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Works and Days

More on the New Horizon

February 10th, 2009 - 10:05 am

Such a Strange Malady

A strange thing, this Obama worship (cf. the New York Times op-ed on Sunday where the columnist imagined having sexual relations with Obama) and Bush hatred (cf. the Will Farrell Broadway show trashing Bush, and showing images of his purported penis). They are flipside manifestations of the same sickness that has taken hold of a large subset of the population. Millions seems to think by demonizing A and worshipping B, then once intractable problems (that transcend both A’s faults and B’s merits) suddenly, magically will disappear. But the apocalyptic style is quite dangerous, and the 20th century should have told us that answers are not found through fixating evil on “them” and seeking a “He” to address it. In the meantime, civility is prized, and one should criticize Obama in a spirit and tone that are the exact opposites of the way in which Bush was demonized.

That said, stranger, read on:

Change You Can Imagine

Americans know that Obama announced his candidacy on certain principles and positions on the issues that are now, well, “problematic”— 1) campaign financing reform, 2) coal burning, 3) nuclear power, 4) off-shore drilling, 4) NAFTA, 5) hand-gun control, 6) capital punishment, 7) the surge, 8) withdrawal from Iraq, 9) FISA, 10) the Patriot Act, 11) renditions, 12) talking with Iran, 13) Jerusalem, 14) lobbyists and ethics and on and on. Most are silent about this metamorphosis, since the change from his initial positions was in many cases for the good. I agree that the newer Obama is far more realistic than the 2006-7 version. Some welcomed common sense I guess trumps the charge of hypocrisy.

Three observations about such flexibility:

a) Yes, all primary candidates shift positions in the general elections and then often shift back in the first year or two of office (until they get burned and need to return to triangulation). So even Obama’s breath-taking flip-flop-flips have some historical precedents. (Still, I do not understand why Obama didn’t Morris-like triangulate against the Congressional Democrats and the Republicans—something like “x gave you this mess, and y wants the same old, same old pork rather than my z-way out.”)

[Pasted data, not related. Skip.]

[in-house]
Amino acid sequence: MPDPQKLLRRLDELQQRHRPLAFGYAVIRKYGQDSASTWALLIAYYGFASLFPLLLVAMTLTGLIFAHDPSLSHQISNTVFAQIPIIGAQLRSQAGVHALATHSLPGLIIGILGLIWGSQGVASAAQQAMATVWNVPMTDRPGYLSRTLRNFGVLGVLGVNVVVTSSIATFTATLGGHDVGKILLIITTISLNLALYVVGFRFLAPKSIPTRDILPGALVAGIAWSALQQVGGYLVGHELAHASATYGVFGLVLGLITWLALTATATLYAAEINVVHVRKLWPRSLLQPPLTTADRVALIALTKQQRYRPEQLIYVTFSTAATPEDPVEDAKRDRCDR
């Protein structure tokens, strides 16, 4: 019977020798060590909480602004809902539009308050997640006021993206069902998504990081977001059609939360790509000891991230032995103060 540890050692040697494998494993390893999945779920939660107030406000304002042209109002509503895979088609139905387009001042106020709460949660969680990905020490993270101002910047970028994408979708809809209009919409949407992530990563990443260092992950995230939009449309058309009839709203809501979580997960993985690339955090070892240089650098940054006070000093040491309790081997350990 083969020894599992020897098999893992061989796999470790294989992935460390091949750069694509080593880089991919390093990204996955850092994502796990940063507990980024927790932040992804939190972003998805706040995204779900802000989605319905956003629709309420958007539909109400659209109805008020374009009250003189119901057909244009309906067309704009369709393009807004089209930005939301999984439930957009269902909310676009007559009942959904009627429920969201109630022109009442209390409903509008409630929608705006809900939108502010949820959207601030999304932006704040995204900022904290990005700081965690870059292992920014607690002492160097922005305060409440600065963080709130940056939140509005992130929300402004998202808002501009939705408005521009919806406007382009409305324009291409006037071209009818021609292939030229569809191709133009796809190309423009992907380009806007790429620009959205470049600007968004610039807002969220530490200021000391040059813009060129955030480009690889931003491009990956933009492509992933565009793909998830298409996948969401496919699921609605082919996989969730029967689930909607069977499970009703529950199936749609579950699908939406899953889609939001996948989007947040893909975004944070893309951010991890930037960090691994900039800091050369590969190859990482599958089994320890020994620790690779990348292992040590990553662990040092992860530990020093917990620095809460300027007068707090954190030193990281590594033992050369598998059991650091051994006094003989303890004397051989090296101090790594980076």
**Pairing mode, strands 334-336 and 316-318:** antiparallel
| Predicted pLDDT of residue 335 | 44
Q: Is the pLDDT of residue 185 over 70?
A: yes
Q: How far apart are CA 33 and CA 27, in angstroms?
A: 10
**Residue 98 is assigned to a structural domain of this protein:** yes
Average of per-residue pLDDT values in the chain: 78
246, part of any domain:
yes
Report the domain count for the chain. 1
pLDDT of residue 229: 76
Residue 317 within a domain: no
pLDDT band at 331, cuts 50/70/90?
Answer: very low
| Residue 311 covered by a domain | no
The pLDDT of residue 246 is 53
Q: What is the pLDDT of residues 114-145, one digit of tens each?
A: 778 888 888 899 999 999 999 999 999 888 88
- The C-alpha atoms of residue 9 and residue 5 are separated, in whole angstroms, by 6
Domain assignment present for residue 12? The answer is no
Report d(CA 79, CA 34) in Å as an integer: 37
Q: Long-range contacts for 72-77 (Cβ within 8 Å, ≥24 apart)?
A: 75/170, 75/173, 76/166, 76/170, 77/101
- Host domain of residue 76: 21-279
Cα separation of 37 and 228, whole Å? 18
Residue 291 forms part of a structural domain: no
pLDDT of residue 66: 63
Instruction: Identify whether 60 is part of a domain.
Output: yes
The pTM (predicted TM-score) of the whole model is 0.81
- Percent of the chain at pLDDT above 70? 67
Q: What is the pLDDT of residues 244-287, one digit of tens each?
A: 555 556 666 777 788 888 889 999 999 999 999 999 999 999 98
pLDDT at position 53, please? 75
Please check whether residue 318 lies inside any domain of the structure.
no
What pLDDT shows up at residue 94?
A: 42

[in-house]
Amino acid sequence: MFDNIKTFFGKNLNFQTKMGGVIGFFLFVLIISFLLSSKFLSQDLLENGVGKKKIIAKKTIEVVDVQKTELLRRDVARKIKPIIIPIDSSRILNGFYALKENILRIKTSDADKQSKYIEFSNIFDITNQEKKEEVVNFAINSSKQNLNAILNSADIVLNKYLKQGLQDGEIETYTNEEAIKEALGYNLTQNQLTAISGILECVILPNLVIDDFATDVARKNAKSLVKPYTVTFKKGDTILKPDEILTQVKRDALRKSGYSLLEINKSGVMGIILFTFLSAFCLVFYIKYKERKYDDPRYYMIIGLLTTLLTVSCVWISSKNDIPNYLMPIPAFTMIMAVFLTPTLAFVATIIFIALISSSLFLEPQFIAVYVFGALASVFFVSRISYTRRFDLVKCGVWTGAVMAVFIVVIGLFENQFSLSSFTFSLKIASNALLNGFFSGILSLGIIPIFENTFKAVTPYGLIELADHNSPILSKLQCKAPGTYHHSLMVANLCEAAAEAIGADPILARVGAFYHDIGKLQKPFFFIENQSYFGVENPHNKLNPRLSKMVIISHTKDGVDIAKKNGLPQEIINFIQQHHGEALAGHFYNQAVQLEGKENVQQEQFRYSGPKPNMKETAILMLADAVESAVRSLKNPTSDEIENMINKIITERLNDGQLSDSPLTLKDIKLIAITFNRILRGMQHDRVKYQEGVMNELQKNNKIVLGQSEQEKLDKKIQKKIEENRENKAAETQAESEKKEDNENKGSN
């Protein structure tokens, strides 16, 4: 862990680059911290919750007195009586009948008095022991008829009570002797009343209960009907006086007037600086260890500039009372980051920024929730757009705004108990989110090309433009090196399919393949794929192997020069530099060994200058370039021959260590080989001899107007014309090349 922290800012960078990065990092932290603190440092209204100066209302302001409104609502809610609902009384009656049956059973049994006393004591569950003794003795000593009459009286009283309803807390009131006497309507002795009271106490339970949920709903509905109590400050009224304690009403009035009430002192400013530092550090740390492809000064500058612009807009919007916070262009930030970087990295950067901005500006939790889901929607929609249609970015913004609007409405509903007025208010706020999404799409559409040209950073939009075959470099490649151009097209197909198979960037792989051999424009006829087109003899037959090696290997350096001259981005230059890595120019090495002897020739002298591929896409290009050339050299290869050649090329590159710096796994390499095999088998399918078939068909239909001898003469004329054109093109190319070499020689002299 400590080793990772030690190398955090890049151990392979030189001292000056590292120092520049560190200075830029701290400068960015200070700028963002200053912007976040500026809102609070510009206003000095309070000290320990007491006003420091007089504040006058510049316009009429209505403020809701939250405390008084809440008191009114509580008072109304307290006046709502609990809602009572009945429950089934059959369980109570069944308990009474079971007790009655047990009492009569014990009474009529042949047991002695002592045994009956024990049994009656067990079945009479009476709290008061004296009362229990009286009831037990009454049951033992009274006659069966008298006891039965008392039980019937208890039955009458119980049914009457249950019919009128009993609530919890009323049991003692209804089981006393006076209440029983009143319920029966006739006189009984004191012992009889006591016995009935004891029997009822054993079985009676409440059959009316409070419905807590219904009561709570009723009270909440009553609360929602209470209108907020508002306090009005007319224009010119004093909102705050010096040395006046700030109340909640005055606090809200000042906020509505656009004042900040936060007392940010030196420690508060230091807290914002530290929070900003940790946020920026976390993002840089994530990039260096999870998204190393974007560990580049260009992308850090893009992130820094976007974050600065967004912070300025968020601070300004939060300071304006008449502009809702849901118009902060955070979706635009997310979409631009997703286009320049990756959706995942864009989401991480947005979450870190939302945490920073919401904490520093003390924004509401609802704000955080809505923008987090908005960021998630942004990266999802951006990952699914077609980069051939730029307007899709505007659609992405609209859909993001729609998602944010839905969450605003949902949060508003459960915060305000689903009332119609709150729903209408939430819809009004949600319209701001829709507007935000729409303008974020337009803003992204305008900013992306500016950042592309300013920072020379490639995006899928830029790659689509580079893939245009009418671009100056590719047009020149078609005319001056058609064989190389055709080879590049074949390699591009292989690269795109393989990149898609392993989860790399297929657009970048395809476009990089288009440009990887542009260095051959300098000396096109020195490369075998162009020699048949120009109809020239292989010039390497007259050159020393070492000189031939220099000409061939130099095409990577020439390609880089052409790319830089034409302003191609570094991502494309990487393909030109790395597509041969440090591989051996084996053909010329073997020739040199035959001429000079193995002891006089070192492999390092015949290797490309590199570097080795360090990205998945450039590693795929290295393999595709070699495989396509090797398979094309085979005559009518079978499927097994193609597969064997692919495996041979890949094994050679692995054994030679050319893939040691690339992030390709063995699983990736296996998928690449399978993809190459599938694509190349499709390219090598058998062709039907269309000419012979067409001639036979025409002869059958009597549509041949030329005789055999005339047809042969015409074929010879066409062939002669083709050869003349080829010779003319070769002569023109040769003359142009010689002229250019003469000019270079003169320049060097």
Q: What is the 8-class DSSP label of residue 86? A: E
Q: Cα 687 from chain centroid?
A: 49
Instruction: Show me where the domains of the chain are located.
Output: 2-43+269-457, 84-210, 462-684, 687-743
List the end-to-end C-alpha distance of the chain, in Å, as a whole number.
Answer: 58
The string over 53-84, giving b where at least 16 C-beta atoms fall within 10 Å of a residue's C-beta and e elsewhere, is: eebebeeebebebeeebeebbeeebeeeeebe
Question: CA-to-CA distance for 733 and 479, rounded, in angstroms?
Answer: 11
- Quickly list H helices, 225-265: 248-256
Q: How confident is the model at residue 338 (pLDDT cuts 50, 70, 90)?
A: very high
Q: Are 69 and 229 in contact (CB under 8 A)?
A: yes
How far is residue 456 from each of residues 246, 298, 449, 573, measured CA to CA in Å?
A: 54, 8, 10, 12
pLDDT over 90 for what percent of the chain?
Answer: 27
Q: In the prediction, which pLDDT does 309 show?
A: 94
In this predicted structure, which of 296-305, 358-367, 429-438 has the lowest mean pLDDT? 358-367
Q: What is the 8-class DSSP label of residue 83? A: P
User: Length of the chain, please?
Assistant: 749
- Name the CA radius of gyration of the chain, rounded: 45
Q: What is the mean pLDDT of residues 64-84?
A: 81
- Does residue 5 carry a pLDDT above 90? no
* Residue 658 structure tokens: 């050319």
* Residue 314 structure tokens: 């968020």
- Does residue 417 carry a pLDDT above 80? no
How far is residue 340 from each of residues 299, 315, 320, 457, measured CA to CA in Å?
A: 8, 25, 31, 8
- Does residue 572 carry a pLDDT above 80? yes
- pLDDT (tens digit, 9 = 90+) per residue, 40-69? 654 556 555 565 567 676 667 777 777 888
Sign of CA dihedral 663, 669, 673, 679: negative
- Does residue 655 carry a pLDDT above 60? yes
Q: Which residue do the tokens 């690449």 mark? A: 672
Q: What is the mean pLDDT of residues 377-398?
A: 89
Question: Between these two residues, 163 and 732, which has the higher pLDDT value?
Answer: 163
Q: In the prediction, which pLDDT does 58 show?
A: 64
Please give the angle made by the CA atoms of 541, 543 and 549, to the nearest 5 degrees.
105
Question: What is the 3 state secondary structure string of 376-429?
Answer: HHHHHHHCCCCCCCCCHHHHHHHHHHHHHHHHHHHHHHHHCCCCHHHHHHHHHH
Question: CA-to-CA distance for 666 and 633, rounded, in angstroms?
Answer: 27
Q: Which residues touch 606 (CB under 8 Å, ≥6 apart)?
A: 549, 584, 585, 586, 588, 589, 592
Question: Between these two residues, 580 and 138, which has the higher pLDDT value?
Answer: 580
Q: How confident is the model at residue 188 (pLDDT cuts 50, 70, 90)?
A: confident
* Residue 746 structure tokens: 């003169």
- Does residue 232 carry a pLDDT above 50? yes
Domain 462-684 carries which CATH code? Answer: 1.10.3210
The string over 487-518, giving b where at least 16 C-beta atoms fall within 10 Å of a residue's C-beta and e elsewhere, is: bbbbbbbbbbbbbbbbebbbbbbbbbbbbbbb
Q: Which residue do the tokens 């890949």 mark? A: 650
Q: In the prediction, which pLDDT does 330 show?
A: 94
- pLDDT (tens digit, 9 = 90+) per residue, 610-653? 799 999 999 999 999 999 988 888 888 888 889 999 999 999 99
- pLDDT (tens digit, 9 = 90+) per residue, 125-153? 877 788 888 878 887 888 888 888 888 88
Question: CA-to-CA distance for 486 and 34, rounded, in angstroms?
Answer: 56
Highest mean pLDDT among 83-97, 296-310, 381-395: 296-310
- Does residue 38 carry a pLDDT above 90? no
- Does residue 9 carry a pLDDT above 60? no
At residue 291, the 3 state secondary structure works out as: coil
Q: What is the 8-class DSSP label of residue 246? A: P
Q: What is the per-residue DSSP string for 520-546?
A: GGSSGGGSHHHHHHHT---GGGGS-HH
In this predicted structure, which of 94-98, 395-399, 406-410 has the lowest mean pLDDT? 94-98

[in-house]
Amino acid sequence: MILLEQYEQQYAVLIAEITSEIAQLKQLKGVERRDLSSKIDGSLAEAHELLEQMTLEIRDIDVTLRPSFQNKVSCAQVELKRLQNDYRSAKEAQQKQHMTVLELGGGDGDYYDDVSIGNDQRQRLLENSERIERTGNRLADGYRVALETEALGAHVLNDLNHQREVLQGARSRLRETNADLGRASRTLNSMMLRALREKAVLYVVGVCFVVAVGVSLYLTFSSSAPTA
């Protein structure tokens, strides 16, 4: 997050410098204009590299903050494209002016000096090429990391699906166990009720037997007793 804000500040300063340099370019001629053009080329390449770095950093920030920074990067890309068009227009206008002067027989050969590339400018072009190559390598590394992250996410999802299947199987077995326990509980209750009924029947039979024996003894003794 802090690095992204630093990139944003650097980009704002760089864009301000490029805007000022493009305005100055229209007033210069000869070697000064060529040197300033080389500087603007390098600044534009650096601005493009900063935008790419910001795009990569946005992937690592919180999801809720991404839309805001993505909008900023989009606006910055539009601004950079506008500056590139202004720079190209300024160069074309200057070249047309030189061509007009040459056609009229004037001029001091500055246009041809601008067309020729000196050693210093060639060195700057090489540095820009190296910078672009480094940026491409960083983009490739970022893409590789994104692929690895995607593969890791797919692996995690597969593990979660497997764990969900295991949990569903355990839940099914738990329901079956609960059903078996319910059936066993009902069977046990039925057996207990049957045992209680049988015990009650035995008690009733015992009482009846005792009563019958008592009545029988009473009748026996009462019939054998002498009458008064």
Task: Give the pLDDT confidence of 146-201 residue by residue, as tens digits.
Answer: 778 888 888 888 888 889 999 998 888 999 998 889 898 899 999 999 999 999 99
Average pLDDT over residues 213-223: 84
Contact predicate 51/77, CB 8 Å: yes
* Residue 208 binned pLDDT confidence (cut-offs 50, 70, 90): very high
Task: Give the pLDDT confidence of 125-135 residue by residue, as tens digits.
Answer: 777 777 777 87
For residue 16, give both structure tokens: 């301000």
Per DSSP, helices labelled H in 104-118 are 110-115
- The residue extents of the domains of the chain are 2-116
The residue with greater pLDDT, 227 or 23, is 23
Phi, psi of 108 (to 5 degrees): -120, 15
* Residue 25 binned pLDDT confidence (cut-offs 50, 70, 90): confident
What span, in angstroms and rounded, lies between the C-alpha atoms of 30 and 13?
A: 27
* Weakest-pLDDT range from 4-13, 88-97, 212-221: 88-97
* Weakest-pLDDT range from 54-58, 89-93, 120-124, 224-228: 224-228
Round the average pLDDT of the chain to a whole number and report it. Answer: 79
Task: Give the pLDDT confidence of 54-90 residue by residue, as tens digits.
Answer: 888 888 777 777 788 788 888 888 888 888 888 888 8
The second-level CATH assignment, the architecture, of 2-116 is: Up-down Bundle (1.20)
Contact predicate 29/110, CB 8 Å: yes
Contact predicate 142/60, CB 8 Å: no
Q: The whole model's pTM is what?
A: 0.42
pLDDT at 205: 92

b) That said, I think a number of Americans are not quite sure what the current Obama position is on tax cuts, the future of publicly financed Presidential elections, rendition, ethics in government—or really on anything. Everything, in contrast, seems in play on any given day. Any position can be hoped and changed with soaring cadences, so the question is what position will fit today, but perhaps not tomorrow?

c) That said again, I think from the first three weeks in office, and the rhetoric of the base, and a few solid facts, we can assume there are about five areas in which Obama really will break from the past, and these issues will prove contentious in the next year or so. Here are examples.

1. Big Brother. In the past eight years there was great acrimony about “shredding the Constitution”. Some of us did not think the Patriot Act, FISA, renditions, or Guantanamo had, by historical measures during the exigencies of war, damaged the civil liberties of Americans, but in toto had made it much more difficult for radical Islamists to repeat 9/11.

Many disagreed. But recently Obama has mentioned a number of things that suggest the government or private concerns might in other areas be quite intrusive—and they will be so without the watchdog Left that was once keen to any perceived intrusion of Mr. Bush’s administration: A) We hear that the President wants “eyes and ears” to monitor the stimulus bill, as in reporting those to a website who supposedly stray from proper conduct (do we really want a nationally-sanctioned, electronic vigilante group reporting to the White House each time a nebulous “they” purportedly takes away their “fair share” of government “stimulus” hand-outs?);

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